Living in De Wallen

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I’d been riding out the acid I took earlier that day, taking in the swirls and swoops of the waters of the Amstel, still reeling from van Gogh’s “Wheatfield with Crows,” which I’d only just seen in person for the first time that day. I’d left my first wife the week before, moved into a hotel in De Wallen with nothing more than a suitcase, and had been tripping pretty much constantly since that moment.

I didn’t plan on it, but I ended up sitting in that museum for five hours or more, staring only at “Wheatfield with Crows,” weeping and trying to cover up my tears so I wouldn’t get kicked out. I’d been kicked out before, and had had to cycle through disguises to keep them off my back. I couldn’t tell if I was weeping because of the painting or because of the fact that I’d just left my wife, was living out of a hotel, and had been riding out a bad trip that seemed like it would last forever. Maybe both. But that’s what I did, until the museum closed, and I was left to my own devices, wandering the streets of my hometown, my melancholy Amsterdam.

I think subconsciously I knew I was going to break up with her then, because I hadn’t taken acid in a while, eliminating my tolerance without consciously planning to, getting myself ready to be fucked up by the acid and the swirls of the Amstel and those fucking crows that were forever flying on a piece of canvas that had been attacked by strokes of paint by a guy perhaps more fucked up than I, or at the very least a whole hell of a lot more talented. I shamelessly cribbed his ideas for the majority of my early work, anyway. Only found my own vision after everything fell apart. It’s funny how things work out like that.

The way the streetlights shone against the nighttime water of the Amstel, I might as well have been looking into a sky below me. I bared my feet slowly, first removing my laces, tossing those into the water, then each shoe. In my mind, I was letting these things go, the same way I dropped my key in my wife’s hand, most of my belongings in the trash. Everyone was about Zen and minimalism back then, so I was able to frame it that way in my mind. If it was my choice, then it wasn’t sad.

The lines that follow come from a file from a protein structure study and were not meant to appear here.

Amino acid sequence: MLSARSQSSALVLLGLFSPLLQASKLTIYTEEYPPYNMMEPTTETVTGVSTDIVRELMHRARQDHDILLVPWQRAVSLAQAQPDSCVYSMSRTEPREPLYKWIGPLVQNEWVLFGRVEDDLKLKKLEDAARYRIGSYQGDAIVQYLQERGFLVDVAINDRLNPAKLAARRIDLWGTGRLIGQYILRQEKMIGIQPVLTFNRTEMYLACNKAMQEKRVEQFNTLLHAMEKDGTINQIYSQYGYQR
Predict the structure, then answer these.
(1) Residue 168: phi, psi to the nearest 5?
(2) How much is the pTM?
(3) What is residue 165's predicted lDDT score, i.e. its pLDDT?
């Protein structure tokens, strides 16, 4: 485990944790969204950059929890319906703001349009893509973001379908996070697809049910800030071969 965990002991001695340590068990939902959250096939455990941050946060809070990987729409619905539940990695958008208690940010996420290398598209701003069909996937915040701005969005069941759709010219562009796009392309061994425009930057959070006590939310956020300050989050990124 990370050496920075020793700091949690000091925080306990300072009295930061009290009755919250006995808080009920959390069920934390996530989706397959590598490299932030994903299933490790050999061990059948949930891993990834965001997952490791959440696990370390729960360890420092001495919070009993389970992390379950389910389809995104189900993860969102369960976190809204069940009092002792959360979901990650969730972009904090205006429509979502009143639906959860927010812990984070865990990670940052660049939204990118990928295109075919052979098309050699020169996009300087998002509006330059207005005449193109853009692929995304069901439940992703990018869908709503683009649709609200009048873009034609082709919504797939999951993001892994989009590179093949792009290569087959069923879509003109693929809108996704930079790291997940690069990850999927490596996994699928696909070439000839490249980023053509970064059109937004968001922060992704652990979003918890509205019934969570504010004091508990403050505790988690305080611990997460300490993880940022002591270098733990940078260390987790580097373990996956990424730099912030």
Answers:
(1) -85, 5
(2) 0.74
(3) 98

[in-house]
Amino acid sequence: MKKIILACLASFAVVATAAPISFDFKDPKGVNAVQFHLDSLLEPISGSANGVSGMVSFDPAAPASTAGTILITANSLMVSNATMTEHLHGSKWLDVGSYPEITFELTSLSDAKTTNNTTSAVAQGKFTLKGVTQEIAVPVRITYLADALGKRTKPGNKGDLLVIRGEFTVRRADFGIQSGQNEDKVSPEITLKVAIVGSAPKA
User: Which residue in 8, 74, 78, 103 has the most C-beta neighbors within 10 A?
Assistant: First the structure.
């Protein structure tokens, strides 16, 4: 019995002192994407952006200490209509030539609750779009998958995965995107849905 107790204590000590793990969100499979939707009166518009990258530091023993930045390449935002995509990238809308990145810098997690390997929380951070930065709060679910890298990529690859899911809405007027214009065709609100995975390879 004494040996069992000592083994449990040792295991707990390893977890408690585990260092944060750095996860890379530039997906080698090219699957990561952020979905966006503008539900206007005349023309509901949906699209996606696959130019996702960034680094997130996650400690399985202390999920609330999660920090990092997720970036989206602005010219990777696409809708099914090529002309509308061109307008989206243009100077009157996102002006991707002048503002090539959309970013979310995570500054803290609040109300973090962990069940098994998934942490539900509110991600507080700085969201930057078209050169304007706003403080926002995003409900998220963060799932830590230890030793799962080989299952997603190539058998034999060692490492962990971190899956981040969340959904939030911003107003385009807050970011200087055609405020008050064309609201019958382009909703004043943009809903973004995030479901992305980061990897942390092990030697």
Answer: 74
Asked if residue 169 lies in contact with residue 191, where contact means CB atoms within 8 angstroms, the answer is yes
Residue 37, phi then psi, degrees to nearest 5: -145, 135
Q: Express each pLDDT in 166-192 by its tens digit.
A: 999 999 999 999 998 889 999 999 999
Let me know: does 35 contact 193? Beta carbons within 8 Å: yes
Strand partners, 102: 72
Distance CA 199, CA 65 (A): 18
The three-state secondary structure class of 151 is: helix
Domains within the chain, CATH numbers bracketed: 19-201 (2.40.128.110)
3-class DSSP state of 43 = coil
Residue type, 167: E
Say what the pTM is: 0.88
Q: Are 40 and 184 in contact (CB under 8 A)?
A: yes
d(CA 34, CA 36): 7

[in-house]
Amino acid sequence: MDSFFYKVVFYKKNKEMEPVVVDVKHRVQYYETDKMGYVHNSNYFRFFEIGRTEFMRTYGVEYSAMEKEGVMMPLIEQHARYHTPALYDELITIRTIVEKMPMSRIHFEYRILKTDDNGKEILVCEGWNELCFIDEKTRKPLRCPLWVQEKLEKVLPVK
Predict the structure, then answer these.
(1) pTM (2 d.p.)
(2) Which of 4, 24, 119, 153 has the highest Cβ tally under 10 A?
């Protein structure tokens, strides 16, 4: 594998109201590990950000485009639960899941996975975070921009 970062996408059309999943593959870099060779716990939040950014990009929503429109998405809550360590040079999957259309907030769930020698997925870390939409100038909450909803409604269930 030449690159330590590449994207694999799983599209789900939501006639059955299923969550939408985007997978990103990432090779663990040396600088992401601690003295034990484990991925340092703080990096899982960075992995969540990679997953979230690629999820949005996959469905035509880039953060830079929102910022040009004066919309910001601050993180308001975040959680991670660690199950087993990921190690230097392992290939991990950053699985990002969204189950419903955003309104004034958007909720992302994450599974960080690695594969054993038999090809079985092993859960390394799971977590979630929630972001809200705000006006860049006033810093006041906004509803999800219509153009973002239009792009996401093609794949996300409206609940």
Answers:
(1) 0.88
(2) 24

Drizzle collected in a sheet on the pavement, and that collected on my bare feet when I eventually left the shores of the Amstel and went walking, collecting stares from those who assumed that I was homeless. They weren’t too far off the mark, but I found myself offended anyway. When they really annoyed me, I pretended to be assailed by voices telling me to kill and maim, shouting at them to leave me alone. Their faces when I said these things were priceless.

The local cinema had a midnight showing of Eraserhead for only a couple of guilders, so I went and saw it for the first time like that, still tripping, somehow getting past the staff without them noticing my lack of shoes. Maybe they noticed and didn’t care. I find that more likely. The film’s industrial soundscape seemed to come from everywhere. The smoke, and the shadows, and the iconic shape of Henry’s hair seared into my brain for future recall. The terrifying family dinner, the hideous mutant child, the deformed lady in the radiator. I let it all wash over me as my still chilly feet gently warmed in the cinema’s heat.

When the film finished, I walked slowly back to the hotel that was now my home, imagining that every wisp of smoke was an effect that David Lynch had meticulously planned. A street corner poet was roomed across the hall from me in the hotel, and he gave me a pair of shoes when I told him what had happened to mine. When I asked him why he had an extra pair, he said for situations like these. He brought out his Smith Corona and clacked at the keys while I painted, both of us trying to approximate my experience that night as I explained it to him. This was prime time for him to be out on the streets, typing up poems to pay for his room that night. But he had some extra cash to spare, and he could sense that I needed the company. So he wrote and I painted, talking about the movie, the Amstel, the crows, the barefoot walk, anything but what was really on my mind. The time to talk would come later. But right then, right at that moment, I needed to paint. And so I did.

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